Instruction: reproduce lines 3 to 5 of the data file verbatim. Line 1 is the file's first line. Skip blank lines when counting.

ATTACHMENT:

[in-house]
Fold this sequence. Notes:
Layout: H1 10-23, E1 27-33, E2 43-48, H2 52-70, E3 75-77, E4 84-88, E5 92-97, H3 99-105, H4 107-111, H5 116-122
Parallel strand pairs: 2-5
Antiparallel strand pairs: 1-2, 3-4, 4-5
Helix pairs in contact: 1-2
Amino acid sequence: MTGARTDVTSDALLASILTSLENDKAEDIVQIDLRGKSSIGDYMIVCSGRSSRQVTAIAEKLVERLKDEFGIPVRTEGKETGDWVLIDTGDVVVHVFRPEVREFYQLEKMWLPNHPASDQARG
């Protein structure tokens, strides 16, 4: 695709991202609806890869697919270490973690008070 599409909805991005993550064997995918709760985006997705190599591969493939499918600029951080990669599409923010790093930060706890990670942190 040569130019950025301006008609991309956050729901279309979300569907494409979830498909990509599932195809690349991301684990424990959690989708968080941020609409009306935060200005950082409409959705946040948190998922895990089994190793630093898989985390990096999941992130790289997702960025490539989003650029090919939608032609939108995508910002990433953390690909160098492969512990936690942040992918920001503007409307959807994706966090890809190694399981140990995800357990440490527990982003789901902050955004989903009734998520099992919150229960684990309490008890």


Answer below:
Layout: H1 10-23, E1 27-33, E2 43-48, H2 52-70, E3 75-77, E4 84-88, E5 92-97, H3 99-105, H4 107-111, H5 116-122
Parallel strand pairs: 2-5
Antiparallel strand pairs: 1-2, 3-4, 4-5